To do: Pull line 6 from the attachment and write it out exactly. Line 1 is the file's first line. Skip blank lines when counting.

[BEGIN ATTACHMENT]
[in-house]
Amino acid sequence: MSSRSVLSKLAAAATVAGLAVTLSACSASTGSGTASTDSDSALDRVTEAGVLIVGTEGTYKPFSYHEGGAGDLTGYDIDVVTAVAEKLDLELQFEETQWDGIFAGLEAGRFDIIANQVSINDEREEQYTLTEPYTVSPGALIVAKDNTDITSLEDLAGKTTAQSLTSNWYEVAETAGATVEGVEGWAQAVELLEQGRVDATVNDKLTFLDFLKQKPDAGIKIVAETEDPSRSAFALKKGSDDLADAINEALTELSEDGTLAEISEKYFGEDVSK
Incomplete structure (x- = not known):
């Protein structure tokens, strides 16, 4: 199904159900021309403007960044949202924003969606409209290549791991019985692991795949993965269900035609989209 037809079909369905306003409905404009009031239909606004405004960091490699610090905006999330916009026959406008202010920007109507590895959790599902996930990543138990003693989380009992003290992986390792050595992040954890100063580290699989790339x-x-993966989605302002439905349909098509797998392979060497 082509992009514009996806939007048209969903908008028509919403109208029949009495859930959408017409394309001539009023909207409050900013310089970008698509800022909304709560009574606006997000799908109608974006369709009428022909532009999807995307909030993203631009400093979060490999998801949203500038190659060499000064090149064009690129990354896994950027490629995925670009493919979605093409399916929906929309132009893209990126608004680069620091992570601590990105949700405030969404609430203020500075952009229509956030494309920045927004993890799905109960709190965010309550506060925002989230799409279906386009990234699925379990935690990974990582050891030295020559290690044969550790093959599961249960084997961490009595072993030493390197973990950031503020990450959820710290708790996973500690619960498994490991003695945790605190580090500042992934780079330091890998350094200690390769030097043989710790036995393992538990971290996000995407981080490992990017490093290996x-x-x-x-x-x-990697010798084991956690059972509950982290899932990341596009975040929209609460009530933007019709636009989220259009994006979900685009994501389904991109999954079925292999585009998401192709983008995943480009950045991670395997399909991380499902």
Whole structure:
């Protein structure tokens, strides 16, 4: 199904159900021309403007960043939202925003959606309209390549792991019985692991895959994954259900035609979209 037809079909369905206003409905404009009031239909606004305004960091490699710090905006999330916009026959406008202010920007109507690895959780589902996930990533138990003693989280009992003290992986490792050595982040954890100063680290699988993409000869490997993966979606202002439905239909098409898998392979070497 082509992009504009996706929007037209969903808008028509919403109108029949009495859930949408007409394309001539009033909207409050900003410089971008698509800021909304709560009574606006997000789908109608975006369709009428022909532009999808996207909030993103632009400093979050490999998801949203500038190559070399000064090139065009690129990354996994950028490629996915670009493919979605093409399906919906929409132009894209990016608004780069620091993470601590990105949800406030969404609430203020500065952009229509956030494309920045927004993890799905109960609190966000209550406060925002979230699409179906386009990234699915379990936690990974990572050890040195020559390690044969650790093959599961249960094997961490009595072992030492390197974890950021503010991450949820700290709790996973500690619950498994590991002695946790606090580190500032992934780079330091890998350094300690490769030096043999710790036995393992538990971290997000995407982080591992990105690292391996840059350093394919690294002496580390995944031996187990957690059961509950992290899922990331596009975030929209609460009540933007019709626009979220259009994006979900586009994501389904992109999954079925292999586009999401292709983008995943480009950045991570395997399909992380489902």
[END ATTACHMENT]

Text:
């Protein structure tokens, strides 16, 4: 199904159900021309403007960043939202925003959606309209390549792991019985692991895959994954259900035609979209 037809079909369905206003409905404009009031239909606004305004960091490699710090905006999330916009026959406008202010920007109507690895959780589902996930990533138990003693989280009992003290992986490792050595982040954890100063680290699988993409000869490997993966979606202002439905239909098409898998392979070497 082509992009504009996706929007037209969903808008028509919403109108029949009495859930949408007409394309001539009033909207409050900003410089971008698509800021909304709560009574606006997000789908109608975006369709009428022909532009999808996207909030993103632009400093979050490999998801949203500038190559070399000064090139065009690129990354996994950028490629996915670009493919979605093409399906919906929409132009894209990016608004780069620091993470601590990105949800406030969404609430203020500065952009229509956030494309920045927004993890799905109960609190966000209550406060925002979230699409179906386009990234699915379990936690990974990572050890040195020559390690044969650790093959599961249960094997961490009595072992030492390197974890950021503010991450949820700290709790996973500690619950498994590991002695946790606090580190500032992934780079330091890998350094300690490769030096043999710790036995393992538990971290997000995407982080591992990105690292391996840059350093394919690294002496580390995944031996187990957690059961509950992290899922990331596009975030929209609460009540933007019709626009979220259009994006979900586009994501389904992109999954079925292999586009999401292709983008995943480009950045991570395997399909992380489902």